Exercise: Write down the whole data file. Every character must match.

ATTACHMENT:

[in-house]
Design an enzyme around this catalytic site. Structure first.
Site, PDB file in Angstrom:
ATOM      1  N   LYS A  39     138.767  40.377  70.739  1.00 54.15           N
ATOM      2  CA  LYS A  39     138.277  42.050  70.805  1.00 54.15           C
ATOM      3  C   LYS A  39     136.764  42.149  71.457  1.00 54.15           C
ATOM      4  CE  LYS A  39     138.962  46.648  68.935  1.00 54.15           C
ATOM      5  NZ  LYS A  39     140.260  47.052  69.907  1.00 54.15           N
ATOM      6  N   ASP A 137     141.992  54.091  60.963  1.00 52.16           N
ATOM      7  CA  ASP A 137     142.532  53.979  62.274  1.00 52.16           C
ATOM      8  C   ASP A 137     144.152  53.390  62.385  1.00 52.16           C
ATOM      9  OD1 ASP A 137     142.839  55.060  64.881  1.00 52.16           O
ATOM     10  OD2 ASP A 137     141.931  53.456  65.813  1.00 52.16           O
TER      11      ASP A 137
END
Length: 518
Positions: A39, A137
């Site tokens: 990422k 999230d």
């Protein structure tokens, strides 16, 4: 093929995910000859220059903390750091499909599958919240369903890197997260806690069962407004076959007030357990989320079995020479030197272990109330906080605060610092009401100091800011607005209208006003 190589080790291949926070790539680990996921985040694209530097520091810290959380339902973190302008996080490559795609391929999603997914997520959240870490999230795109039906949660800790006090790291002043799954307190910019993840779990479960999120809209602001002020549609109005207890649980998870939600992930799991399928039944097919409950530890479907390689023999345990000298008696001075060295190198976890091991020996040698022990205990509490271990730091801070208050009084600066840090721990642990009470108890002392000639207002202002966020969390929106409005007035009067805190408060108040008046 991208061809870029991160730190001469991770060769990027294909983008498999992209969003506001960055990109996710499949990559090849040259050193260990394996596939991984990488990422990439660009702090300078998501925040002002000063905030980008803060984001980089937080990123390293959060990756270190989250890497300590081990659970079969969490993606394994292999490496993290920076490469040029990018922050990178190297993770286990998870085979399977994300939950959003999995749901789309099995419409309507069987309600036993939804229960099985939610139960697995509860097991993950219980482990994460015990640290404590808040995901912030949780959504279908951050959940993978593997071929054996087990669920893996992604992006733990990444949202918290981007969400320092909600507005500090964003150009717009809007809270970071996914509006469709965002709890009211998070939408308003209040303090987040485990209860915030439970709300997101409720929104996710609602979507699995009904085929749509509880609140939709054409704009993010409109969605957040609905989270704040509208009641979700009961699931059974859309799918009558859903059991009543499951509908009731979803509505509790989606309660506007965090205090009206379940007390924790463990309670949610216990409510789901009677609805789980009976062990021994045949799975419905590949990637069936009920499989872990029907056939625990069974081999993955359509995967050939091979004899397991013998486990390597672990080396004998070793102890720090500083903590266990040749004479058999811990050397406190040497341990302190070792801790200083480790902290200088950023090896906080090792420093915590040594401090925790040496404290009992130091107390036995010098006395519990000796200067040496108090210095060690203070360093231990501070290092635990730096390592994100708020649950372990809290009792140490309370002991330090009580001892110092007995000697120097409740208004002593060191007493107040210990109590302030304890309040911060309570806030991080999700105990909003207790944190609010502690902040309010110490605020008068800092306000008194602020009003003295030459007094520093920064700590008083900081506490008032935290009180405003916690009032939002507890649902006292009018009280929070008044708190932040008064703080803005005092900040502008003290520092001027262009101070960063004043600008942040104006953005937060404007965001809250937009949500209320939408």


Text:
[in-house]
Design an enzyme around this catalytic site. Structure first.
Site, PDB file in Angstrom:
ATOM      1  N   LYS A  39     138.767  40.377  70.739  1.00 54.15           N
ATOM      2  CA  LYS A  39     138.277  42.050  70.805  1.00 54.15           C
ATOM      3  C   LYS A  39     136.764  42.149  71.457  1.00 54.15           C
ATOM      4  CE  LYS A  39     138.962  46.648  68.935  1.00 54.15           C
ATOM      5  NZ  LYS A  39     140.260  47.052  69.907  1.00 54.15           N
ATOM      6  N   ASP A 137     141.992  54.091  60.963  1.00 52.16           N
ATOM      7  CA  ASP A 137     142.532  53.979  62.274  1.00 52.16           C
ATOM      8  C   ASP A 137     144.152  53.390  62.385  1.00 52.16           C
ATOM      9  OD1 ASP A 137     142.839  55.060  64.881  1.00 52.16           O
ATOM     10  OD2 ASP A 137     141.931  53.456  65.813  1.00 52.16           O
TER      11      ASP A 137
END
Length: 518
Positions: A39, A137
């Site tokens: 990422k 999230d």
């Protein structure tokens, strides 16, 4: 093929995910000859220059903390750091499909599958919240369903890197997260806690069962407004076959007030357990989320079995020479030197272990109330906080605060610092009401100091800011607005209208006003 190589080790291949926070790539680990996921985040694209530097520091810290959380339902973190302008996080490559795609391929999603997914997520959240870490999230795109039906949660800790006090790291002043799954307190910019993840779990479960999120809209602001002020549609109005207890649980998870939600992930799991399928039944097919409950530890479907390689023999345990000298008696001075060295190198976890091991020996040698022990205990509490271990730091801070208050009084600066840090721990642990009470108890002392000639207002202002966020969390929106409005007035009067805190408060108040008046 991208061809870029991160730190001469991770060769990027294909983008498999992209969003506001960055990109996710499949990559090849040259050193260990394996596939991984990488990422990439660009702090300078998501925040002002000063905030980008803060984001980089937080990123390293959060990756270190989250890497300590081990659970079969969490993606394994292999490496993290920076490469040029990018922050990178190297993770286990998870085979399977994300939950959003999995749901789309099995419409309507069987309600036993939804229960099985939610139960697995509860097991993950219980482990994460015990640290404590808040995901912030949780959504279908951050959940993978593997071929054996087990669920893996992604992006733990990444949202918290981007969400320092909600507005500090964003150009717009809007809270970071996914509006469709965002709890009211998070939408308003209040303090987040485990209860915030439970709300997101409720929104996710609602979507699995009904085929749509509880609140939709054409704009993010409109969605957040609905989270704040509208009641979700009961699931059974859309799918009558859903059991009543499951509908009731979803509505509790989606309660506007965090205090009206379940007390924790463990309670949610216990409510789901009677609805789980009976062990021994045949799975419905590949990637069936009920499989872990029907056939625990069974081999993955359509995967050939091979004899397991013998486990390597672990080396004998070793102890720090500083903590266990040749004479058999811990050397406190040497341990302190070792801790200083480790902290200088950023090896906080090792420093915590040594401090925790040496404290009992130091107390036995010098006395519990000796200067040496108090210095060690203070360093231990501070290092635990730096390592994100708020649950372990809290009792140490309370002991330090009580001892110092007995000697120097409740208004002593060191007493107040210990109590302030304890309040911060309570806030991080999700105990909003207790944190609010502690902040309010110490605020008068800092306000008194602020009003003295030459007094520093920064700590008083900081506490008032935290009180405003916690009032939002507890649902006292009018009280929070008044708190932040008064703080803005005092900040502008003290520092001027262009101070960063004043600008942040104006953005937060404007965001809250937009949500209320939408």